Archive for the ‘Angels’ Category

Pair of angels from a tomb, about 1330-50, marble, workshop of Tino da Camaino (1)

Pair of angels from a tomb, about 1330-50, marble, workshop of Tino da Camaino (2)

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Silent night, holy night
All is calm, all is bright
Round yon Virgin Mother and Child
Holy Infant so tender and mild
Sleep in heavenly peace
Sleep in heavenly peace


Silent night, holy night!
Shepherds quake at the sight
Glories stream from heaven afar
Heavenly hosts sing Alleluia!
Christ, the Saviour is born
Christ, the Saviour is born


Silent night, holy night
Son of God, love’s pure light
Radiant beams from Thy holy face
With the dawn of redeeming grace
Jesus, Lord, at Thy birth
Jesus, Lord, at Thy birth


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Other cemetery bloggers I read have noted the presence of five-pointed stars protruding from the foreheads of angel statues in cemeteries. I haven’t found as many as others have found, but these two examples are in Spring Grove Cemetery.

Querner (4)

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It’s no secret that I’m a sucker for old tombstones. There are a number of modern cemetery conventions that I’m not fond of, like the memorial gardens with only flat markers. But sometimes current technology produces amazing works of art.


I can’t get over the beauty of the angel etched into this stone. She’s strikingly realistic – possibly based on the woman below. The little gold stars placed strategically on the stone are perfect.

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Schulthess (4)


Baker (10)

Since I haven’t had much time to write while visiting, I thought I’d give you more Forest Lawn photo. These are from my visit in March (before I incurred the wrath of the goose).

Maeker (6)

Pratt (5)

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3 Graces 2

Forest Lawn pond

Chapel (2)

Fullerton Reimann

Larkin and Pines

Sorry for the erratic posting. I’ve been on a writing tear of a different kind lately. So anyway, I’m up in Buffalo this weekend and will hopefully get some cool new photos. Until then, here are some photos from my previous trips to Forest Lawn.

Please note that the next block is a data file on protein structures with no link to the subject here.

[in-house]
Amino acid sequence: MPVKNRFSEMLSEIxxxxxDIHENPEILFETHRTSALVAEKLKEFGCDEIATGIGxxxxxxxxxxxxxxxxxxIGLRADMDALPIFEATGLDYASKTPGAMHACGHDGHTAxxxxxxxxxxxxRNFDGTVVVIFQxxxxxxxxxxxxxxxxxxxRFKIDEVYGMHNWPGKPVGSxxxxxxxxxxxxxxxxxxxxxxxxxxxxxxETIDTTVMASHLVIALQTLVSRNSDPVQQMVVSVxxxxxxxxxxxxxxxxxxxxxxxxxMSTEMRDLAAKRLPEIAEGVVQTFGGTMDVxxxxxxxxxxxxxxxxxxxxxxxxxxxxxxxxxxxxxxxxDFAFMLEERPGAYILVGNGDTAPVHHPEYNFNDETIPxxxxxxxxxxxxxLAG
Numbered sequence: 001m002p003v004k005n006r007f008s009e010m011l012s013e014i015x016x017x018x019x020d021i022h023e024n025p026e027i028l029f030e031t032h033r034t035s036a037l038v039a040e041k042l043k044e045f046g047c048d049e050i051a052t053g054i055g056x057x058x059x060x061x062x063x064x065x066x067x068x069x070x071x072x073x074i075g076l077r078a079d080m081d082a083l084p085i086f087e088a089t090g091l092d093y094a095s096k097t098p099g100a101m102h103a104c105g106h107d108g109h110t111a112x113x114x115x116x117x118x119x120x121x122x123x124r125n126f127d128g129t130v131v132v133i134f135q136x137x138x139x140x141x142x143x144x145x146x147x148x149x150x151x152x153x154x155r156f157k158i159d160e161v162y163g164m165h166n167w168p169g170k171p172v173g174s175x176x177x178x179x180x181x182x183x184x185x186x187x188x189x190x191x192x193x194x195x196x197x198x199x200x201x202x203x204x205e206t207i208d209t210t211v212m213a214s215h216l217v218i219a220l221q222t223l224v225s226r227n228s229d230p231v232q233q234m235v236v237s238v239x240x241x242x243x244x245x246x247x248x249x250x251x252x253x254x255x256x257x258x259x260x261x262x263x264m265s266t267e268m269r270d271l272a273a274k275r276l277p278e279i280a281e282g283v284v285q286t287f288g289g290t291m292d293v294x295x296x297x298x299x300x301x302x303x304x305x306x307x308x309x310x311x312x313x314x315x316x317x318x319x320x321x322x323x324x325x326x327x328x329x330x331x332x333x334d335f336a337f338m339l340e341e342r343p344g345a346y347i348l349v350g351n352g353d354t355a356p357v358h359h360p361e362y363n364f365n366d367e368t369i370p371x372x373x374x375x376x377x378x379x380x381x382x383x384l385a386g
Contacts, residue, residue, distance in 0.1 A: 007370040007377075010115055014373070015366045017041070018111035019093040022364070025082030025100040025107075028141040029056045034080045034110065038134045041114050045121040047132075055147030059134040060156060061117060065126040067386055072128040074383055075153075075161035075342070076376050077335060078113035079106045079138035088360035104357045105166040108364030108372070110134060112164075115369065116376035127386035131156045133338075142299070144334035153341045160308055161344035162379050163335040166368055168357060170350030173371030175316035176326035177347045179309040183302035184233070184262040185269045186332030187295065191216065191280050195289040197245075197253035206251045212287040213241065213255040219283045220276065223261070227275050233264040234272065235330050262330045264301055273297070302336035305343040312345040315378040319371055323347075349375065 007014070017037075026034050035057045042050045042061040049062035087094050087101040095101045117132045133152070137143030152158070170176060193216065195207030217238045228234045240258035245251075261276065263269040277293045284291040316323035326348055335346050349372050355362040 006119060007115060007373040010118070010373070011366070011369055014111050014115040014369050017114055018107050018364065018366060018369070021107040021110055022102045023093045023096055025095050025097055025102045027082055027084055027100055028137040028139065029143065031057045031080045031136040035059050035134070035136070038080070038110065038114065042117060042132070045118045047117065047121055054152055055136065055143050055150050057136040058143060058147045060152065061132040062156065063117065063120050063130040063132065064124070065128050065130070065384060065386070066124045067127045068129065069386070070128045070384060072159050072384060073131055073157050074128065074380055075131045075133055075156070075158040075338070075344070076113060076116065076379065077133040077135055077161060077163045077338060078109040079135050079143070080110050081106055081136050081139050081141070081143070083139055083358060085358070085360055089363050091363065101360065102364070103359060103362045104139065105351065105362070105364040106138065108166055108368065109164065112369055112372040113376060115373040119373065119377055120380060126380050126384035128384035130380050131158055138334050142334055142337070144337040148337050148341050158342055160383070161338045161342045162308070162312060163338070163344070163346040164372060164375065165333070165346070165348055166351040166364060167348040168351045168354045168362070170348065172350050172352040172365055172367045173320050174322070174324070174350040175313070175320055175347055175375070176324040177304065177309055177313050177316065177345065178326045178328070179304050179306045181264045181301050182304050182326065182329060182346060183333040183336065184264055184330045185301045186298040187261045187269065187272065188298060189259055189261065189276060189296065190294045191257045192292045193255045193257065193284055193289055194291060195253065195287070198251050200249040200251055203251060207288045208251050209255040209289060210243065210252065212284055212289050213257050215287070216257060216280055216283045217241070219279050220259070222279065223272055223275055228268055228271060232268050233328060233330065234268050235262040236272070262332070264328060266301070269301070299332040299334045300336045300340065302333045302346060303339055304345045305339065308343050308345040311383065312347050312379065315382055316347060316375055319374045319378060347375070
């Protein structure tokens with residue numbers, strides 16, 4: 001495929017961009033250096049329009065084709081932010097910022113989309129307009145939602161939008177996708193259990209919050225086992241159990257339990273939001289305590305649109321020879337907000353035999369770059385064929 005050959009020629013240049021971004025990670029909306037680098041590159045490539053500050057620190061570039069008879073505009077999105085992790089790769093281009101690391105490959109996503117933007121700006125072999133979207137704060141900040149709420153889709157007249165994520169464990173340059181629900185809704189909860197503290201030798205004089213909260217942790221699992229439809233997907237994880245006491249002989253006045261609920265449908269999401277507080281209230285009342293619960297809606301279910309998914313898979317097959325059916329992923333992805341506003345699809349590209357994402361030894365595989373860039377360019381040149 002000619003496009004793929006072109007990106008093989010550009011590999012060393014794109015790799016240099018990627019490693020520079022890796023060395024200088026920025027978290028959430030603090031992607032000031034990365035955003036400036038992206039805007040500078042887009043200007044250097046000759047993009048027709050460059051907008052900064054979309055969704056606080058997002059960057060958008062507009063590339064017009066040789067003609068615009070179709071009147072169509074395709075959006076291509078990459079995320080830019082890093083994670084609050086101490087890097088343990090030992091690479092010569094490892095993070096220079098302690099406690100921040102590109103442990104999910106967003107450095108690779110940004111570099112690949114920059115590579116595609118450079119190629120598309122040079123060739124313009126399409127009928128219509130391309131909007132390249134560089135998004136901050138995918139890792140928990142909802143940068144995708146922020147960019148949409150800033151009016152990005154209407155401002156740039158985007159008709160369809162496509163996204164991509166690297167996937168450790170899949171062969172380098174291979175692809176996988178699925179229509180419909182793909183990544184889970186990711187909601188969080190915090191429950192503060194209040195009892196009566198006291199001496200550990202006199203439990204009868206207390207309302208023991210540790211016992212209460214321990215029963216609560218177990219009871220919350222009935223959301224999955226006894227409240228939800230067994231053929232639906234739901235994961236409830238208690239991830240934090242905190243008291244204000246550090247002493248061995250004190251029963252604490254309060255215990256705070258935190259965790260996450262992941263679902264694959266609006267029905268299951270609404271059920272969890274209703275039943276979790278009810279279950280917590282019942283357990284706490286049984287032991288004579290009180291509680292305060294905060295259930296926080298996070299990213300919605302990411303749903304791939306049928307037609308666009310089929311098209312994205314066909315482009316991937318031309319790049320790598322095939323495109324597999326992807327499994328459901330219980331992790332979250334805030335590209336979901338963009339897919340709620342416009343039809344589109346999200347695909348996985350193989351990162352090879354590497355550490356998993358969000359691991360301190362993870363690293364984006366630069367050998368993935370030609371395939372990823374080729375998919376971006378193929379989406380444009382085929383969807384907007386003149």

E Gilbert

Mausoleum 2

Russell Macy Osborne

Schickel 4

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I can only imagine that she at some point must have uttered these words.

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Stickle (2)

For those of you who celebrate it, Merry Christmas! For everyone, enjoy the quiet of the day.

Stickle (3)

Stickle (5)

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Murray (4)

This is as closely as I was willing to get to photograph the little angel next to this monument. The angel does not look original to the family plot, and it startled me as I came around the monument.  Whatever material it is made of, it is not as strong as the monument beside which it sits, and the weathering on it has created an eerie illusion that the angel is melting.  You can kind of see it in the fact that one wing has slid slightly to be lower than the other.  The impact on the face is even more disconcerting.

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This is one of those angels that was not clearly in a specific family plot, but I’m sure it was meant to be, since the name on the front of the monument only reads “Bernadette 1899-1913.” I’m not sure why, but monuments with only first names on them strike me simultaneously as sweet and sad. Usage of only a first name conveys a level of intimacy, but after 100 years, the surname’s omission can be its erasure, making it that much harder for someone to confirm who Bernadette was. (Yes, many cemeteries have well-maintained burial records, but they can be damaged or incomplete, like those lost in East Cleveland Township Cemetery’s office fire.)

Bernadette (2)

Bernadette (3)


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